Organised in partnership with the University of Kent.
The Learning Lab
£6 per talk or £15 for three
Members £4 per talk
To take advantage of the three talks for £15 and membership special price please call 01227 378100 or visit the Beaney to book your place.
Shot at Dawn: Military Executions in the First World War
Thursday 30 January, 6pm to 7pm
Along with alleged spies, hundreds of deserters were executed during the First World War. Julian Putkowski, historian, broadcaster and co-author of the standard reference work on military executions in the First World War, has spent years researching military discipline and dissent, and campaigned for the pardoning of soldiers who would today be considered to suffer from post-traumatic stress disorder.
Manet's modernism and 'The Execution of Maximilian'
Thursday 6 February, 6pm to 7pm
Edouard Manet is famous for his pioneering paintings of modern life. Arnika Schmidt, Vivmar Curatorial Assistant at the National Gallery in London, gives an insight into the French master's life and art, as well as the genesis of 'The Execution of Maximilian'.
'Beheaded Majesties': Execution Scenes in the Paintings of Pail Delaroche
Thursday 13 February, 6pm to 7pm
The German poet Heinrich Heine called Delaroche 'the court painter of all beheaded majesties'. Works like 'Jane Grey' (1833) caused a sensation at the Paris Salon as they used English events to evoke the bloodshed of the French Revolution. Professor Stephen Bann CBE, FBA, Emeritus Professor of History of Art at the University of Bristol, will situate these scenes in the wider context of the development of history painting from Sir Joshua Reynolds to Manet's Maximilian paintings a century later.
'Doing Damage from a Distance': British Cartoonists and Political Assassination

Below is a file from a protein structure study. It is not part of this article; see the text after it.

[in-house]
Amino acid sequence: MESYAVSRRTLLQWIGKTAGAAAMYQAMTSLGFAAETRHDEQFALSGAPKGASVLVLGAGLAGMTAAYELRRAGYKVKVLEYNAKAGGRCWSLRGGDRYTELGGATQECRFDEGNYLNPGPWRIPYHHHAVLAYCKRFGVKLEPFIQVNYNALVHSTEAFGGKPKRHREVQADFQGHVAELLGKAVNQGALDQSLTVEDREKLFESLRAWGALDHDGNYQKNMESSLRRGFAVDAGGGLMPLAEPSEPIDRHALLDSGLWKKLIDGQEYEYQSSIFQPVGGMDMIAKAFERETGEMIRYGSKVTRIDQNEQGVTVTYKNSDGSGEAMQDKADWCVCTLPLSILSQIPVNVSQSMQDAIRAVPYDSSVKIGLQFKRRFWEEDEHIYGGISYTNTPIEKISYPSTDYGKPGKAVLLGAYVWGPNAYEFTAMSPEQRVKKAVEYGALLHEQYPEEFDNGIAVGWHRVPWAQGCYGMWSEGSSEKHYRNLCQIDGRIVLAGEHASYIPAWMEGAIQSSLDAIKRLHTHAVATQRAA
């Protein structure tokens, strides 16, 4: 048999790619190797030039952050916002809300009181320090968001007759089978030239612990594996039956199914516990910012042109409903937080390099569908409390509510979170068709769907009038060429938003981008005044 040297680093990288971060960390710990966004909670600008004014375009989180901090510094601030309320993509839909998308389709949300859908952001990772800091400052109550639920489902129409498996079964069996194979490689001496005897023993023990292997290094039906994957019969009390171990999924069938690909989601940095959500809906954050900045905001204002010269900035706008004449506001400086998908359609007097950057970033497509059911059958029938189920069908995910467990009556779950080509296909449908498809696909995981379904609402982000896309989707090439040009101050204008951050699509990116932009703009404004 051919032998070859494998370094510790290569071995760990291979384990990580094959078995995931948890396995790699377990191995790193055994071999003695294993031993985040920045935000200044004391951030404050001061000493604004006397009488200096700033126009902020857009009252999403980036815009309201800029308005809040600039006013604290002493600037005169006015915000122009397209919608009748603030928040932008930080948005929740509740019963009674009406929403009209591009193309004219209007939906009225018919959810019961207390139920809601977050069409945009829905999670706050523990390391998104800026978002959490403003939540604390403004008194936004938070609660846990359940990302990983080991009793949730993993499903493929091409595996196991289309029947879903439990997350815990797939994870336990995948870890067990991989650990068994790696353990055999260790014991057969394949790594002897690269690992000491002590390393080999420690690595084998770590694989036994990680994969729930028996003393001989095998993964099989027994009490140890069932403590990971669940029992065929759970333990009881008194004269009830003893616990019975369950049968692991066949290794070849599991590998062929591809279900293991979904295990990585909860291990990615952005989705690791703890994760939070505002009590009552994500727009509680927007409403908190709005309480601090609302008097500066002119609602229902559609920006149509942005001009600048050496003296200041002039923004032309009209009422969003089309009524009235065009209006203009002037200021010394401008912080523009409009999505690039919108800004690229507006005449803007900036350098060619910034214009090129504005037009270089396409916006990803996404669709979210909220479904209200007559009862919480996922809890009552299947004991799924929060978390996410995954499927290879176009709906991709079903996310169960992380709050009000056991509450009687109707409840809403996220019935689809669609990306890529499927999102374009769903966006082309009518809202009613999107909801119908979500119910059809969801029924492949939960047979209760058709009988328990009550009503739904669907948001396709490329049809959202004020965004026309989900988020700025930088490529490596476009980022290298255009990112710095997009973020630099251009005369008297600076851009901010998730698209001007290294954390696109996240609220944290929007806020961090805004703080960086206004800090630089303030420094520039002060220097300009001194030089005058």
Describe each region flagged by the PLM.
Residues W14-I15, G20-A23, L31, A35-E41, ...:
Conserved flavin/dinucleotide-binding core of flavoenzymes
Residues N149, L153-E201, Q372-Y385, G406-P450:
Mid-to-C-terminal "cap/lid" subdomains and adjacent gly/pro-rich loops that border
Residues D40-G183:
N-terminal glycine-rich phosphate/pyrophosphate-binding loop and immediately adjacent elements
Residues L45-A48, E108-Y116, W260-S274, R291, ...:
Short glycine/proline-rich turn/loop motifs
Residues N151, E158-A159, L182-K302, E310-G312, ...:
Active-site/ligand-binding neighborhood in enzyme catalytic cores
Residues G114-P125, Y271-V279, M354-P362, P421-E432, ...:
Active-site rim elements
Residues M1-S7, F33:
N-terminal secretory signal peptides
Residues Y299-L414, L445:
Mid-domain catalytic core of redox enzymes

Thursday 20 February, 6pm to 7pm
Unlike elsewhere in the world, British cartoonists rarely depicted actual executions. Dr Nicholas Hiley, Curator of the Britsh Cartoon Archive at the University of Kent, looks at cartoons of assassination and political killing and explores political cartooning as a form of assassination.
Becket, Blood and Brand Identity: Images and the Cult of Canterbury's Premier Saint
Thursday 27 February, 6pm to 7pm
Shortly after the martyrdom of Thomas Becket in 1170, images of his violent death had spread across Europe. Dr Alixe Bovey, Director of the Centre for Medieval and Early Modern Studies & Lecturer in Medieval History at the University of Kent, examines the emergence of a standard iconography of martyrdom, and consider its role in promoting Canterbury as a pilgrimage destination.
'The Disasters of War': Reading Protocols and Re-appropriations
Thursday 6 March, 6pm to 7pm
Dr Antonio Lazaro-Reboll, Senior Lecturer in Hispanic Studies at the University of Kent, looks at contemporary reactions to Francisco de Goya's 'Disasters of War', and at artistic traditions within and against which the artist was working, and the different patterns of reading and looking that the prints elicit. He will also provide an overview of re-appropriations in the 21st century from the Chapman Brothers to Susan Sontag.
Manet's 'The Execution of Maximilian' in context
Thursday 13 March, 6pm to 7pm
Dr Jon Kear, Lecturer in History and Philosophy of Art at the University of Kent, looks at the representation of martyrdom and history painting, and how Manet's 'indifference' to certain conventions of history painting created problems for understanding the picture.
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